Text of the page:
Who supports AHPS?
Elaine Chao - U.S. Secretary of Labor, in a letter to Sen. Tom Daschle, D-N.D.
"With health care costs continuing to rise sharply across the United States, more and more American employers and employees share the burden of increased premiums. And as premiums increase, the ranks of the uninsured will increase as well. In light of these alarming facts, it is crucial that the Senate enact legislation to establish Association Health Plans, as proposed in the Small Business Health Fairness Act. Association Health Plans are a primary component of the President's plan to increase access to health care, and are strongly supported by a bipartisan majority of the House of Representatives."
Mark McClellan - Commissioner of the U.S. Food and Drug Administration
"The President has proposed an idea for association health plans that would enable small businesses to pool together to get access to some of the same kinds of discounts from higher-volume purchasing and the same kinds of flexibility to design coverage options that large firms have. Right now, small employers too often can offer only one plan because the insurer requires that just about all their employees participate in their plan alone. If you have only five or eight employees, you can understand why an insurer might want to do that.
"A better approach, the President thinks, is to make available the option of pooling together with other small businesses and in associations, like the National Federation of Independent Business, to purchase health insurance together so you can get access to the same menu of choices that will be available across state lines--that can cover multiple states and have the same kind of flexibility that large firms have.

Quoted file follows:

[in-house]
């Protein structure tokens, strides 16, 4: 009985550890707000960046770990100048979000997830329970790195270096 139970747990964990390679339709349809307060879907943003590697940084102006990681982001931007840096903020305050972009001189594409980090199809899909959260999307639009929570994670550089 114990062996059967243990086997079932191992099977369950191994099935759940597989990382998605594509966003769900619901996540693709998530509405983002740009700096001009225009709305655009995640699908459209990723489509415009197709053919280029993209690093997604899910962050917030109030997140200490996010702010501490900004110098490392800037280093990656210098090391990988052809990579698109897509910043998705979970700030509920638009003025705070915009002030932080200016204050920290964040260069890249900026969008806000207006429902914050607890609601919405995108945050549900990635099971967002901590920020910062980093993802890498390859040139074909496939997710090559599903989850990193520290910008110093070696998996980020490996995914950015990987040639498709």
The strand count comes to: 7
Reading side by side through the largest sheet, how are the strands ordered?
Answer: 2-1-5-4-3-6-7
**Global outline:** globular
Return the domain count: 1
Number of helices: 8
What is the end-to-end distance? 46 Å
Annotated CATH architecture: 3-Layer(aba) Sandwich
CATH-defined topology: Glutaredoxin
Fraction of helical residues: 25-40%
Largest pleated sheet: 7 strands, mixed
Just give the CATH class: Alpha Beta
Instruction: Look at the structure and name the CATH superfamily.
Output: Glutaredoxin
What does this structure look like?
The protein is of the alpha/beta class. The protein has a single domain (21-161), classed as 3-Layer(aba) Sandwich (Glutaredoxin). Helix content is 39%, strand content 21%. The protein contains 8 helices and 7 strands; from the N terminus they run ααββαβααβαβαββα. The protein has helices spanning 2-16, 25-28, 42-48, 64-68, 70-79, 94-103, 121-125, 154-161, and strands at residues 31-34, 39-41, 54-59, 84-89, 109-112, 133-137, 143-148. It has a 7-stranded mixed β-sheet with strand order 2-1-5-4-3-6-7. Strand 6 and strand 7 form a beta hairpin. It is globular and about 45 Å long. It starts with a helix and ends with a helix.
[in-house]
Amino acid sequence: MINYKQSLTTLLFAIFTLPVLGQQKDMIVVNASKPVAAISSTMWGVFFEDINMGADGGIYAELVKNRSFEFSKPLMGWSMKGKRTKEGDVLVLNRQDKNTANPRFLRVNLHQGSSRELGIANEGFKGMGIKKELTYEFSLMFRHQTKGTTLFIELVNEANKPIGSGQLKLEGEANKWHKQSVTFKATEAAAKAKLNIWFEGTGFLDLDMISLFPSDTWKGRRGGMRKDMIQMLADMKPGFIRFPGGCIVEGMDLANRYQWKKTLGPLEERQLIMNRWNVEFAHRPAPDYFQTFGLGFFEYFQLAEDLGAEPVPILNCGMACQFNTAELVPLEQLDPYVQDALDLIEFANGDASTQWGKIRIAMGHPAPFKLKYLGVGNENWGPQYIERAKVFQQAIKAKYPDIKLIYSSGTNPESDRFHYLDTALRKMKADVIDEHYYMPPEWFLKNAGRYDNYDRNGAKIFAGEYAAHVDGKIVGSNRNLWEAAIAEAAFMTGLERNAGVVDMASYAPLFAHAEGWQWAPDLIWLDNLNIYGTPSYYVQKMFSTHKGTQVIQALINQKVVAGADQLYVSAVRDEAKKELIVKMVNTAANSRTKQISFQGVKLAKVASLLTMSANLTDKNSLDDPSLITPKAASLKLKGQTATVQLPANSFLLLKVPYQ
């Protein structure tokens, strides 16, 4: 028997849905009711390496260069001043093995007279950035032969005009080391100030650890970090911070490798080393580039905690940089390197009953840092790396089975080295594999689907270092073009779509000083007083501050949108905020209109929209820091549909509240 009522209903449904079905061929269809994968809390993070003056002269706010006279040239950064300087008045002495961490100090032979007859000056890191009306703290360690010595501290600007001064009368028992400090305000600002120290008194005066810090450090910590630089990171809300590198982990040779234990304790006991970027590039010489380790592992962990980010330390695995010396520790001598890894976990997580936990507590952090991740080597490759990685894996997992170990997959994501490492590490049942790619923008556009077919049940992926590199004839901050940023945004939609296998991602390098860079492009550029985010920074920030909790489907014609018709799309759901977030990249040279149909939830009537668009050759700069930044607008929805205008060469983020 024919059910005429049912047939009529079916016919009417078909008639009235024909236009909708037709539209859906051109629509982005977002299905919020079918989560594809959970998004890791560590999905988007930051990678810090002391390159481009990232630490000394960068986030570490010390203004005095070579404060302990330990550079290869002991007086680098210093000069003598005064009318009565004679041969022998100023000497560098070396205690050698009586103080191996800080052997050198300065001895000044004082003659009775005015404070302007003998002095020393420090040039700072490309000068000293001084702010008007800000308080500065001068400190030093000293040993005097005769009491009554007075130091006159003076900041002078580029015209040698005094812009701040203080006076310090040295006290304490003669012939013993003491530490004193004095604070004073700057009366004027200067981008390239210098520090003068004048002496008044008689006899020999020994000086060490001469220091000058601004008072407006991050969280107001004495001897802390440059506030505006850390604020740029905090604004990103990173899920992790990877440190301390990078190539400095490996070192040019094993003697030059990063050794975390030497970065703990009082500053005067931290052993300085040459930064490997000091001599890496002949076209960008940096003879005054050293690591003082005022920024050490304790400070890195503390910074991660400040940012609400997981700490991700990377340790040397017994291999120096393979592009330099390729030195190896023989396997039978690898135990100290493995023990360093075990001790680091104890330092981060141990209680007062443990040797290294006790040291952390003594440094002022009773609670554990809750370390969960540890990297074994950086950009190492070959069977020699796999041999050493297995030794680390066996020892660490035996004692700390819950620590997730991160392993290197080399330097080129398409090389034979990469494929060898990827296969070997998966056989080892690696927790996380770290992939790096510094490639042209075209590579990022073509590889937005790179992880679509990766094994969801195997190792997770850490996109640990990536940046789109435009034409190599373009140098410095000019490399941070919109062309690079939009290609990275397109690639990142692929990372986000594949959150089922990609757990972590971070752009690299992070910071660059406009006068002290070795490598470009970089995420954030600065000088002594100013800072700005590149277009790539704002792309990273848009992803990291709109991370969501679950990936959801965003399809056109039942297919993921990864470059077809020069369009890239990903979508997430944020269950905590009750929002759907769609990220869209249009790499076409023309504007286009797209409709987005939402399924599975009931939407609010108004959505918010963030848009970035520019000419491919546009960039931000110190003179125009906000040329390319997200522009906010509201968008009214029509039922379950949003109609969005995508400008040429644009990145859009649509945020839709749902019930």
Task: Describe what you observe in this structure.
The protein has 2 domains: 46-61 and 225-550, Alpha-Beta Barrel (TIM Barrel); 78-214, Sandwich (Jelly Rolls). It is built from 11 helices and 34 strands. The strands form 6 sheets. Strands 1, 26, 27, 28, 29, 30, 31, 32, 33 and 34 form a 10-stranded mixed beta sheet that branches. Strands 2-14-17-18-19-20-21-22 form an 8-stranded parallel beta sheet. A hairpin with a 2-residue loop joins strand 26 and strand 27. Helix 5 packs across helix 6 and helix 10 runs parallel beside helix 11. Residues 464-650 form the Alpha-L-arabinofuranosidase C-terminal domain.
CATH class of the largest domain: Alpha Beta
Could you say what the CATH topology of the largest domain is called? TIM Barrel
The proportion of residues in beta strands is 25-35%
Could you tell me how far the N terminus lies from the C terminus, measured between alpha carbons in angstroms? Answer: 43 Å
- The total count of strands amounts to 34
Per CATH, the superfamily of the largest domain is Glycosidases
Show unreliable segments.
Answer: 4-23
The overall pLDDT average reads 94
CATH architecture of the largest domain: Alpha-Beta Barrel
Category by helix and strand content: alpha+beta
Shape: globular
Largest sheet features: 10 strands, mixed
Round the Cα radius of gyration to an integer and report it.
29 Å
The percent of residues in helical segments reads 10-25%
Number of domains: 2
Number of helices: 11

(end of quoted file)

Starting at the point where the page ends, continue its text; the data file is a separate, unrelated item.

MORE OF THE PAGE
"Altogether, these proposals amount to steps that would substantially reduce the number of uninsured. They can be implemented now and don't require states to come up with matching funds or set up fundamentally new administrative infrastructures; and they could immediately have a significant impact on the cost of care, the number of uninsured, and the affordability of care for everyone in our private health insurance system."
SBA Office of Advocacy -Study of the Administrative Costs and Actuarial Values of Small Health Plans
"Legislation has been proposed to exempt association health plans (AHPs) from rate regulation and state benefit mandates. The researchers' analysis indicates that AHPs have the potential to lower insurance premiums for small firms by freeing employers from direct and indirect state taxation, some mandated benefits, and the cost of compliance with multiple state regulations."
Kirk Pickerel - President and CEO, Associated Builders and Contractors (ABC)
"Quick congressional passage of association health plan legislation is vital to advance the president's goal of strengthening America's health care system and ensuring that American workers receive the cost-effective, high-quality health care coverage they deserve. ABC thanks Labor Secretary Elaine Chao for her leadership in promoting association health plans as an effective approach to solving the health care crisis facing America's small businesses.
"Massive health insurance premium increases of 40 to 50 percent and higher are the reality for a number of small businesses in America today. Association health plans can reduce health insurance costs by 15 percent or more by allowing small businesses to join together to create economies of scale and bargaining clout. Association health plan legislation will help solve the problem of skyrocketing health care costs facing America's businesses and affecting their employees."
James M. Talent - Senator, R-MO, Statement before the Senate Committee on Small Business and Entrepreneurship, February 5, 2003